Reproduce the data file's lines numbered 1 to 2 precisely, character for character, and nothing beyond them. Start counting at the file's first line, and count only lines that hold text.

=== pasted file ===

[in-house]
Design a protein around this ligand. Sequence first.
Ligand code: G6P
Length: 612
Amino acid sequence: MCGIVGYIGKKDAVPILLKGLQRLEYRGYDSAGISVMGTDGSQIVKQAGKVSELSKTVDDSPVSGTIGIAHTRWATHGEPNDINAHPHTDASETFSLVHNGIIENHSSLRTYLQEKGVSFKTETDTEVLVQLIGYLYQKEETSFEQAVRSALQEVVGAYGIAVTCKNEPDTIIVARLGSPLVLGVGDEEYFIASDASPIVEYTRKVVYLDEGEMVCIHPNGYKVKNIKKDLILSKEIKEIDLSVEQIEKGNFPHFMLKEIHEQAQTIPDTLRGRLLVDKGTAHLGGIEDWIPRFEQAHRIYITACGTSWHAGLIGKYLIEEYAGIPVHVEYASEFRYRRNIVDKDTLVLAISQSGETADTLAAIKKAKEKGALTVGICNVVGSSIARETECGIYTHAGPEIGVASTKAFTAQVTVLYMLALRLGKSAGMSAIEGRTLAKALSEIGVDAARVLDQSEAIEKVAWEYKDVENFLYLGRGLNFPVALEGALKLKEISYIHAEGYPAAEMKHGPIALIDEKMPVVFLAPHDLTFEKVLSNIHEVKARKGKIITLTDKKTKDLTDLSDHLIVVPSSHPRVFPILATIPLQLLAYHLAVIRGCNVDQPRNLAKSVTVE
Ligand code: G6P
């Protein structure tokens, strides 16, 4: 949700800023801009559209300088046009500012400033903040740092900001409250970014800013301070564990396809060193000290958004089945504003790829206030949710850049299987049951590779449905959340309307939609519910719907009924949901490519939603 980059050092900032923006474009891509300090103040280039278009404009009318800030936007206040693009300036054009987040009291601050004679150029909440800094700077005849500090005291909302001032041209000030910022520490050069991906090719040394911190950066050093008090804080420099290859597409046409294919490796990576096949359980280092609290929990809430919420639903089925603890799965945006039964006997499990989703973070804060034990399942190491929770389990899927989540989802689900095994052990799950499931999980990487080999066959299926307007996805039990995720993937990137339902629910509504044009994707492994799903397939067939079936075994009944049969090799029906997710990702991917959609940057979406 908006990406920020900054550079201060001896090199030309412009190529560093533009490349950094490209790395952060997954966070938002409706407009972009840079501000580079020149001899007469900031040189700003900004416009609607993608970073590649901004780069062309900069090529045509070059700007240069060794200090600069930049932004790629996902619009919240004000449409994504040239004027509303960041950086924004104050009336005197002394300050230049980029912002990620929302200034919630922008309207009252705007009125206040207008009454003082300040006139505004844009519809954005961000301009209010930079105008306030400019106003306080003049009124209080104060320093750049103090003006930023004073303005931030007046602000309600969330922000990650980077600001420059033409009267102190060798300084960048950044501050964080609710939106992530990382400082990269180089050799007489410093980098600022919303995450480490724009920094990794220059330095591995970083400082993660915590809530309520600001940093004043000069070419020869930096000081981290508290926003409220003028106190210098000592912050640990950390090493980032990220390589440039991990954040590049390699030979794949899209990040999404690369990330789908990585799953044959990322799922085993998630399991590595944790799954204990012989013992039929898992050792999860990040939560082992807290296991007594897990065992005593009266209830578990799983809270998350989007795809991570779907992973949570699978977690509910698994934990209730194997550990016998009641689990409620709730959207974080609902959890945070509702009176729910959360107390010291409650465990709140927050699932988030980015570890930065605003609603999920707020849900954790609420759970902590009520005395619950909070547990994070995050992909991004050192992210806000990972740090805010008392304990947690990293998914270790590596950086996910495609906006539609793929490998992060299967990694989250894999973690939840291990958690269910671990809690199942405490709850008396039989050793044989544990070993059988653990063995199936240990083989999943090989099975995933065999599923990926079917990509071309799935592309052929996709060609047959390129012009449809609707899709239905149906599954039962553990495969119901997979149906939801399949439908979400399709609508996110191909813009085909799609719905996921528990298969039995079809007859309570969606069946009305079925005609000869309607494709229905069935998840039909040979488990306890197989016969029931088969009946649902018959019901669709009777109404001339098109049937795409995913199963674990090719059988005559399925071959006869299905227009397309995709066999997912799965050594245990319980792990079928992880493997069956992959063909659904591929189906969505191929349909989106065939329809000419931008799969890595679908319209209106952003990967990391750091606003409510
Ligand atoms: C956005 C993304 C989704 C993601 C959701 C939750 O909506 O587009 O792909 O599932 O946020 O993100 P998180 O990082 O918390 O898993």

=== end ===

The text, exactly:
[in-house]
Design a protein around this ligand. Sequence first.